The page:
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ICFPA urges fibre separation at source

Global – National governments should ‘pursue best practices to enable recovered fibre to find its highest end-use’, according to Donna Harman, outgoing president of the International Council of Forest and Paper Associations (ICFPA) which unites bodies from 43 countries and represents approximately 90% of world paper production.

Her comment follows the release of an ICFPA policy statement on paper recycling which calls on governments to: educate citizens about the importance of recycling; provide consistent rules of law so that contracts between waste collectors and buyers will be respected and certain; support the burning of recovered fibre only when it is not practical for recovery or no longer capable of being used in new product; and encourage separation at source from other recyclable materials and from wet/organic solid waste to reduce sorting costs and help ensure a high-quality stream of recovered fibre.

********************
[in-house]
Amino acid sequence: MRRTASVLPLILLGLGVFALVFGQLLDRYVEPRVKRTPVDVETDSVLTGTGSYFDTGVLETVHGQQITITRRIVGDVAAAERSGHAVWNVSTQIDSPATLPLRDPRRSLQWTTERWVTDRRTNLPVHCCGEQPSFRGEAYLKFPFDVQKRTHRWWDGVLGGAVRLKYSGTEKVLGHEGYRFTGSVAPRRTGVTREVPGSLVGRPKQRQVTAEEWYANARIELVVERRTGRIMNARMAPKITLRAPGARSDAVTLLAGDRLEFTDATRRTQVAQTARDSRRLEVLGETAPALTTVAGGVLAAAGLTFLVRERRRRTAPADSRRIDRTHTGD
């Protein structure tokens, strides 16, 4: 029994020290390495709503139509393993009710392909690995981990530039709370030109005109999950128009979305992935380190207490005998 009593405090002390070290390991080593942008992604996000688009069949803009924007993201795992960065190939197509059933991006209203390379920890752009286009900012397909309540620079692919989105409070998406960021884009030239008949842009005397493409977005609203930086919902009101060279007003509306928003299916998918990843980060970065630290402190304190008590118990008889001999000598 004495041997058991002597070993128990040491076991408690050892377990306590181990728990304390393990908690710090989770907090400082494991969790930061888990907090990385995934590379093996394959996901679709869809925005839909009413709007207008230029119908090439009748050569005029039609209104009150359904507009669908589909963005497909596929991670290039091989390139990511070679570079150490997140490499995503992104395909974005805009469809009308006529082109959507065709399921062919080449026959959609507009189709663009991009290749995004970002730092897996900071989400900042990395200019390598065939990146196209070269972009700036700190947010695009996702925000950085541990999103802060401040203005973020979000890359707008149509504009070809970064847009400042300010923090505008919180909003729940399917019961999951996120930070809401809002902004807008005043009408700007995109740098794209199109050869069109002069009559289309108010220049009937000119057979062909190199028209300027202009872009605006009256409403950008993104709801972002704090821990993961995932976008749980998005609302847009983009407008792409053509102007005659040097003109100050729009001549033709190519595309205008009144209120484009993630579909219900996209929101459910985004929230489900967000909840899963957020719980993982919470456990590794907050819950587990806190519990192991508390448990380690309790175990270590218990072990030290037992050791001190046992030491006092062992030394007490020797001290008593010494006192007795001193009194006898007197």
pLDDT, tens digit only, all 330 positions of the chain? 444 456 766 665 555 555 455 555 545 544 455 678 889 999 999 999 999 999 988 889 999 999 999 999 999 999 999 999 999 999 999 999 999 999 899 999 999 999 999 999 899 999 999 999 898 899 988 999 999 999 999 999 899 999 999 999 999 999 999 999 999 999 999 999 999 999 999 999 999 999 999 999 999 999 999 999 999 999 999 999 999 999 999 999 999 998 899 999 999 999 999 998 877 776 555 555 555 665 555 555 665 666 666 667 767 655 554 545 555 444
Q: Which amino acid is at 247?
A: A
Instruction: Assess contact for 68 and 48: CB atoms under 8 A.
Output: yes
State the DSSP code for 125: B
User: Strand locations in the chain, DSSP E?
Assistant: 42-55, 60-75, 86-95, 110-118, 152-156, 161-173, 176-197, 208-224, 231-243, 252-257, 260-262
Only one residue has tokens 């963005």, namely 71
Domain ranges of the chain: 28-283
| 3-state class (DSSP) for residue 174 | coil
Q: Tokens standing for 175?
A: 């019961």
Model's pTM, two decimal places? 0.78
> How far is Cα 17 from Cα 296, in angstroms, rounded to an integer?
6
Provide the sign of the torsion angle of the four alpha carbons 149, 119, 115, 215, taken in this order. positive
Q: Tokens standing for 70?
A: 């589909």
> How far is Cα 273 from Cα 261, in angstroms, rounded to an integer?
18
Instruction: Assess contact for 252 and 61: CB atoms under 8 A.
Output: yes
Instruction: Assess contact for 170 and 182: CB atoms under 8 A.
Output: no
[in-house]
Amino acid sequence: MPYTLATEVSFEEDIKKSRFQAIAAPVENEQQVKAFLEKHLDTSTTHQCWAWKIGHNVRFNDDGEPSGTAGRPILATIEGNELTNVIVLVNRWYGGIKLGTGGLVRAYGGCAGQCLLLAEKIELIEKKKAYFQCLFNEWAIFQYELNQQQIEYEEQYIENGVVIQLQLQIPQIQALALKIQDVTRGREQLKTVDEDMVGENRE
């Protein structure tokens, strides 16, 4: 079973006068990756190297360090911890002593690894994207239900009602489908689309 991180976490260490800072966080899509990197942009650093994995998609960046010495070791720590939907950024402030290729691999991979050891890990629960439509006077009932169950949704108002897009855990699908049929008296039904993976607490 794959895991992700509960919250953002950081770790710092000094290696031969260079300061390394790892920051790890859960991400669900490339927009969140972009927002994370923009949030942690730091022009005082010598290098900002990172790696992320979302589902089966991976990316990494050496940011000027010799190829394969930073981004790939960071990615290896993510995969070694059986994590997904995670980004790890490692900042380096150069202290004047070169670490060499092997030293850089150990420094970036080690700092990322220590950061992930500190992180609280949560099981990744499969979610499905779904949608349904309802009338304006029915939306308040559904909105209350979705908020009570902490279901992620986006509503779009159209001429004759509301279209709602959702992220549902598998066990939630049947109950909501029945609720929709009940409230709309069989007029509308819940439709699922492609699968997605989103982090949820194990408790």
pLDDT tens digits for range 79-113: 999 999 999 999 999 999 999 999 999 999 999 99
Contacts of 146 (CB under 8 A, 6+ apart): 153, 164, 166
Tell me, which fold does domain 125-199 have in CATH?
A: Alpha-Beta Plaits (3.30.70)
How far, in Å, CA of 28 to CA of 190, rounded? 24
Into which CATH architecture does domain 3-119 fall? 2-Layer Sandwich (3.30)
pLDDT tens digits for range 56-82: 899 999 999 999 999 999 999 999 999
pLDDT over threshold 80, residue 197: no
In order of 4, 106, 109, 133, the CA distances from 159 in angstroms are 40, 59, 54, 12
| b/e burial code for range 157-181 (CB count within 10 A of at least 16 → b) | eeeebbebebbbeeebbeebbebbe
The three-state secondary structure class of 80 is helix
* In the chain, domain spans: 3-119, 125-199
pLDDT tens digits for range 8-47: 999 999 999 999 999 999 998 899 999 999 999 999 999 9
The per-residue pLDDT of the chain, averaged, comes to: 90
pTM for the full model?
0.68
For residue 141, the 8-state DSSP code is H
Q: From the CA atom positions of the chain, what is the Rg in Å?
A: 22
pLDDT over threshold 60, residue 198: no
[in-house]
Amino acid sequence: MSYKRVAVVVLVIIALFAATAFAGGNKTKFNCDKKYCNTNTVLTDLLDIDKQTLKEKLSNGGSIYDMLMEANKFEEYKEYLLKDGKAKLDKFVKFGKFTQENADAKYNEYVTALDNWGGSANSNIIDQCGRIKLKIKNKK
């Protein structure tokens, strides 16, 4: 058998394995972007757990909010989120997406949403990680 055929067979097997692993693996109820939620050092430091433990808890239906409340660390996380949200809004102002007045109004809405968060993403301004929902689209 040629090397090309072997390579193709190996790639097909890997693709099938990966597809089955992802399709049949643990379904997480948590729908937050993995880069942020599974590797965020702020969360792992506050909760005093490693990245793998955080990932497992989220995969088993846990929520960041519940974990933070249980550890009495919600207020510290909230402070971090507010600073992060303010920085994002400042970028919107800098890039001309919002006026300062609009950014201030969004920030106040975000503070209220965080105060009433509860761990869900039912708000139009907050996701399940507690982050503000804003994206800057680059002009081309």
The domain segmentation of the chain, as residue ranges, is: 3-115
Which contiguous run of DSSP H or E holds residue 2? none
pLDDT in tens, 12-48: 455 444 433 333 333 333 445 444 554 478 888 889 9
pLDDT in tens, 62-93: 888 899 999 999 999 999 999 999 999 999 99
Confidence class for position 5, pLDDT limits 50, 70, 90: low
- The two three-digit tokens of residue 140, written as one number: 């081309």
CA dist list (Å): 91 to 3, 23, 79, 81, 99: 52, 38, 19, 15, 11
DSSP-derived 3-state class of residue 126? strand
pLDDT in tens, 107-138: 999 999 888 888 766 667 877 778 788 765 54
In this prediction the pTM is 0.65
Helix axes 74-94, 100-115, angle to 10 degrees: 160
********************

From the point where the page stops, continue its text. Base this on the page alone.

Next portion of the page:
Governments are also urged to ‘avoid artificial mandates or subsidies that direct the flow of recovered fibre to a specific product, or make distinctions between type of recovered fibre used in manufacturing’, with the ICFPA adding that ‘the marketplace is more efficient than governments in determining the highest and best use of the recovered fibre’.

The ICFPA policy statement contends that extended producer responsibility systems ‘should not be a preferred choice where existing markets for collection and reuse of recovered paper are efficient and effective’. It adds: ‘In places where voluntary, industry-based programmes are yielding good success in reaching targets for paper recovery and diversion from landfills, government should avoid interference.’

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